The secret of Sunfed Meats’ meat is that it’s not meat at all, despite the name strongly suggesting otherwise. It’s also not something grown in a lab, a la a certain variety of “meatless burger” (that shall remain nameless for fear of defamation) much-reviled among vegetarians and non-vegetarians alike.
What Sunfed Meats is, rather, is all-natural meat. From plants.
That’s not a misprint.
Sunfed Meats’ plant protein-based meat contains the same proteins at meat from animals, while also consuming just 20 percent of the land and water required to raise livestock. In other words, it’s better for the environment, and is less cruel to animals.
Sunfed’s first product is chicken made from Canadian yellow peas. The exact process how this is done is a closely-guarded trade secret, but one thing that’s not secret is that it has massive potential to disrupt the food industry – at least as chief executive Shama Lee tells it.
But if Lee’s assertions that it could change the way we produce our food sounds too good to be true, it shouldn’t. People certainly seem to believe in what Sunfed and chief executive Shama Lee are doping, or an international conglomerate of Kiwi, British and US investors wouldn’t have put $1.5 million into the Auckland-based company. Lee also won the prestigious Start Tel Aviv startup competition, enabling her to all-expenses-paid to the Israeli city for the five-day event to learn from successful entrepreneurs and participate in a bevy of lectures and workshops. Sunfed Meats was also featured at the Agribusiness Investment Showcase this year, and has qualified for a Callaghan Innovation research and development grant.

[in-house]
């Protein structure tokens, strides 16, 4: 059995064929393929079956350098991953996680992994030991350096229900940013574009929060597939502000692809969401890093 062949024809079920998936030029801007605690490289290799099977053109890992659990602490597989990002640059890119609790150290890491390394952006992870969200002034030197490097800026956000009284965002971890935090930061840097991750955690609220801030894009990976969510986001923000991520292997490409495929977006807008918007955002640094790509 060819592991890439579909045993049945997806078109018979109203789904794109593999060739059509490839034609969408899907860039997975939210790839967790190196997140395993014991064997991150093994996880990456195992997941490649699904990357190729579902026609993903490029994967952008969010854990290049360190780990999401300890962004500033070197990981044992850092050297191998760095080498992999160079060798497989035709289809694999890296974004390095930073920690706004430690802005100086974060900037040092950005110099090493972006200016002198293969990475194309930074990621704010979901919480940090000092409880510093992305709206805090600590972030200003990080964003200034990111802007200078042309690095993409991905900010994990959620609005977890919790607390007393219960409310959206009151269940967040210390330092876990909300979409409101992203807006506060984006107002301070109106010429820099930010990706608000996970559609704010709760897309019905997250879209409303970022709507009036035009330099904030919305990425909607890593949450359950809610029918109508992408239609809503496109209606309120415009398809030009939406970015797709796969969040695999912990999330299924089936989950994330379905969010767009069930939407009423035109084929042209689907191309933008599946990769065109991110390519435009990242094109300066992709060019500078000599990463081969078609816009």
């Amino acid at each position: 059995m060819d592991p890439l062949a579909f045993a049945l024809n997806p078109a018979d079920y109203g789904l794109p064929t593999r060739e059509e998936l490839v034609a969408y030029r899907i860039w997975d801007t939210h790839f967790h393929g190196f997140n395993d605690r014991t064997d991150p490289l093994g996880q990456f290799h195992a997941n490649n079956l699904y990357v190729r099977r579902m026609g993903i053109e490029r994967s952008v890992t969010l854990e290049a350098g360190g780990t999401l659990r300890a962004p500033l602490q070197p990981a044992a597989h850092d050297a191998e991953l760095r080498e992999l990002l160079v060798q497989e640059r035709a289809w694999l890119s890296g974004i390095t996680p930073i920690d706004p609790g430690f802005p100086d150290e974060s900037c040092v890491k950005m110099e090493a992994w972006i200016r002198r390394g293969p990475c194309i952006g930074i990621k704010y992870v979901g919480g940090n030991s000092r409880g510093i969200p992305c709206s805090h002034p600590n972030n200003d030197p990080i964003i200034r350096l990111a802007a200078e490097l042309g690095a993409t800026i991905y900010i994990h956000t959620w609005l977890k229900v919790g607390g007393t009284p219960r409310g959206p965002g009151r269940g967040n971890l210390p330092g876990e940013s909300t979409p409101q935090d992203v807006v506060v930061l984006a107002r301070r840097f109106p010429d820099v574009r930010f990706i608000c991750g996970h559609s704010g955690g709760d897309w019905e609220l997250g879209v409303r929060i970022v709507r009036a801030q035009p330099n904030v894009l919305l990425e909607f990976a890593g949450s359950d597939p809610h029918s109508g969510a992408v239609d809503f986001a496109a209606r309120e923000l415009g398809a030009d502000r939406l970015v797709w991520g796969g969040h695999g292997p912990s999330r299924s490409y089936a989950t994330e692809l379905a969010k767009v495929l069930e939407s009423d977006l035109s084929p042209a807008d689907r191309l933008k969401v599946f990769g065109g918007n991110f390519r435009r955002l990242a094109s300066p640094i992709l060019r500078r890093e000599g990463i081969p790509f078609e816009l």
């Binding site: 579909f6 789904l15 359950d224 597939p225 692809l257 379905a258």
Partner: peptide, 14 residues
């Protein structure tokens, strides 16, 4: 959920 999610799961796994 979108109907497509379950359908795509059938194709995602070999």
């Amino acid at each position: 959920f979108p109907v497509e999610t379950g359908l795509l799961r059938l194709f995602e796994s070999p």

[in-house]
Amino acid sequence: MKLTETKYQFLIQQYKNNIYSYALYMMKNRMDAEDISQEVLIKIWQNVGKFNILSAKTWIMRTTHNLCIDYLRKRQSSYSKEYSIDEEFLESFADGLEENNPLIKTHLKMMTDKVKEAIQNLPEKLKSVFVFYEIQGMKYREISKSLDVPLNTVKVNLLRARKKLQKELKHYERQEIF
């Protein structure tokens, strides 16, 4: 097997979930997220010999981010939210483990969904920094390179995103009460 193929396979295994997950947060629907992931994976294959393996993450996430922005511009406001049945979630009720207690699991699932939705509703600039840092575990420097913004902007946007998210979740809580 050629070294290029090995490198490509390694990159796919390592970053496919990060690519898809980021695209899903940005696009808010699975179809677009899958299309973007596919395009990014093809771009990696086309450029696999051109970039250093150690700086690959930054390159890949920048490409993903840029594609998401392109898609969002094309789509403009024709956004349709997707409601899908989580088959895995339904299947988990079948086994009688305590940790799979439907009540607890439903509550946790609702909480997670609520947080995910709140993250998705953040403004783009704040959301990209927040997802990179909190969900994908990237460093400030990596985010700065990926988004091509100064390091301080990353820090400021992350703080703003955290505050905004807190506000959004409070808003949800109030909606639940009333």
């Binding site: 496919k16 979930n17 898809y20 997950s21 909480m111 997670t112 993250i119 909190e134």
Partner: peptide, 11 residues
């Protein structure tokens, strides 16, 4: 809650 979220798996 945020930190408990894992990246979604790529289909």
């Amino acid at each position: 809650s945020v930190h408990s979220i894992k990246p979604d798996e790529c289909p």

Shama Lee (left).
Lee – who co-founded Sunfed in January 2015 with husband Hayden – says her company is unlike anything else in Aotearoa, with only a few companies overseas doing something even remotely similar to Sunfed. Among those, she says, are Beyond Meat in the United States (which is backed by none other than Microsoft co-founder Bill Gates) and Like Meat, a collaboration between several European nations that also counts on funding and support from the European Commission.
Lee does reveal that a secret of Sunfed’s process is that it’s “wet” protein, rather than the dry vegetable-based meat of earlier generations that used a large variety of nutritional substitutes, many of which were not natural and instead artificially created. Some of the ingredients in Sunfed’s chicken-from-peas, for example, include water, sunflower oil, and vegetable powder.
The average Kiwi downs 4.4 kilogrammes of lamb, 14.5 kilogrammes of beef, 18.1 kilogrammes of pork, and 37.8 kilogrammes of chicken per year, according to OECD stats – making us among the biggest meat-eaters per capita in the world. Sunfed isn’t trying to make us reduce how much meat we eat but, rather, where we get it from. With the effects of over-farming well-known and an ever-rising population creating an ever-growing need for food, it’s a noble goal indeed.
It's exciting to think that in the not-too-distant future we may have a substitute to animal protein meat products. This will enable a massive advancement in food technology. New Zealand is primed to be a leader in this industry due to its globally respected agricultural industry.
This story first ran in Idealog 63.
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